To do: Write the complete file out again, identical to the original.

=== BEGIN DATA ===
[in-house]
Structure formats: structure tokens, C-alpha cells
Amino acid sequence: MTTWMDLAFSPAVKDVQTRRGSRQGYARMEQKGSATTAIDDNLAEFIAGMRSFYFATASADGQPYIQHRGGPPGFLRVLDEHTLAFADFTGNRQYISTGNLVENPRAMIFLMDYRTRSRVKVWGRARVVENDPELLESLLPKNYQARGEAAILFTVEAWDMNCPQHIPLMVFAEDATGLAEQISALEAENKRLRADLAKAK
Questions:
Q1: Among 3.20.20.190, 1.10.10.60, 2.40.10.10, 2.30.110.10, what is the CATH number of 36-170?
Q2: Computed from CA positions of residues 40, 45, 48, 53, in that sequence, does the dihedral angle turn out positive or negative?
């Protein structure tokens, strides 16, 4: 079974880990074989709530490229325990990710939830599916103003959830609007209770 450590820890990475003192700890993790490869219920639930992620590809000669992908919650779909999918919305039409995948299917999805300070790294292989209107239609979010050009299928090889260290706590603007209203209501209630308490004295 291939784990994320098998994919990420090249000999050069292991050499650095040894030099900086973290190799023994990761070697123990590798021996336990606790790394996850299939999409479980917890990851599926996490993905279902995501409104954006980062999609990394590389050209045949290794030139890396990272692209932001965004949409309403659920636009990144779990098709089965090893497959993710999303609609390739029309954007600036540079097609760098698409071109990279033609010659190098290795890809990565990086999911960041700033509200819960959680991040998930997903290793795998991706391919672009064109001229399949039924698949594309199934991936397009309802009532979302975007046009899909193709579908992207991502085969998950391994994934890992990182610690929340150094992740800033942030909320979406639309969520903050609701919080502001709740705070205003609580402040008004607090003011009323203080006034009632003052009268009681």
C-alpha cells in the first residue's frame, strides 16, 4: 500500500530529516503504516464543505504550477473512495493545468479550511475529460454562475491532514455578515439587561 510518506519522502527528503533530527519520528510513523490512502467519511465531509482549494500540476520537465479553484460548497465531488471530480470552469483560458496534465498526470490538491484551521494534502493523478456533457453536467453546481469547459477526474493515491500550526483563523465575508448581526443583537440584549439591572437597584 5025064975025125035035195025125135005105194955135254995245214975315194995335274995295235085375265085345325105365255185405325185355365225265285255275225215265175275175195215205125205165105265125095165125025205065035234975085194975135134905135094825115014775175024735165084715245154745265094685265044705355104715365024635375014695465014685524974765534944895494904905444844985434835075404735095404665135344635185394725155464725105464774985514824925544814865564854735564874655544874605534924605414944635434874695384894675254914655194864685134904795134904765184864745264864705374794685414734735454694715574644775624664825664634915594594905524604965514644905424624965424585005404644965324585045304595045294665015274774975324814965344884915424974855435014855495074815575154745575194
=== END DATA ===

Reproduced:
[in-house]
Structure formats: structure tokens, C-alpha cells
Amino acid sequence: MTTWMDLAFSPAVKDVQTRRGSRQGYARMEQKGSATTAIDDNLAEFIAGMRSFYFATASADGQPYIQHRGGPPGFLRVLDEHTLAFADFTGNRQYISTGNLVENPRAMIFLMDYRTRSRVKVWGRARVVENDPELLESLLPKNYQARGEAAILFTVEAWDMNCPQHIPLMVFAEDATGLAEQISALEAENKRLRADLAKAK
Questions:
Q1: Among 3.20.20.190, 1.10.10.60, 2.40.10.10, 2.30.110.10, what is the CATH number of 36-170?
Q2: Computed from CA positions of residues 40, 45, 48, 53, in that sequence, does the dihedral angle turn out positive or negative?
């Protein structure tokens, strides 16, 4: 079974880990074989709530490229325990990710939830599916103003959830609007209770 450590820890990475003192700890993790490869219920639930992620590809000669992908919650779909999918919305039409995948299917999805300070790294292989209107239609979010050009299928090889260290706590603007209203209501209630308490004295 291939784990994320098998994919990420090249000999050069292991050499650095040894030099900086973290190799023994990761070697123990590798021996336990606790790394996850299939999409479980917890990851599926996490993905279902995501409104954006980062999609990394590389050209045949290794030139890396990272692209932001965004949409309403659920636009990144779990098709089965090893497959993710999303609609390739029309954007600036540079097609760098698409071109990279033609010659190098290795890809990565990086999911960041700033509200819960959680991040998930997903290793795998991706391919672009064109001229399949039924698949594309199934991936397009309802009532979302975007046009899909193709579908992207991502085969998950391994994934890992990182610690929340150094992740800033942030909320979406639309969520903050609701919080502001709740705070205003609580402040008004607090003011009323203080006034009632003052009268009681």
C-alpha cells in the first residue's frame, strides 16, 4: 500500500530529516503504516464543505504550477473512495493545468479550511475529460454562475491532514455578515439587561 510518506519522502527528503533530527519520528510513523490512502467519511465531509482549494500540476520537465479553484460548497465531488471530480470552469483560458496534465498526470490538491484551521494534502493523478456533457453536467453546481469547459477526474493515491500550526483563523465575508448581526443583537440584549439591572437597584 5025064975025125035035195025125135005105194955135254995245214975315194995335274995295235085375265085345325105365255185405325185355365225265285255275225215265175275175195215205125205165105265125095165125025205065035234975085194975135134905135094825115014775175024735165084715245154745265094685265044705355104715365024635375014695465014685524974765534944895494904905444844985434835075404735095404665135344635185394725155464725105464774985514824925544814865564854735564874655544874605534924605414944635434874695384894675254914655194864685134904795134904765184864745264864705374794685414734735454694715574644775624664825664634915594594905524604965514644905424624965424585005404644965324585045304595045294665015274774975324814965344884915424974855435014855495074815575154745575194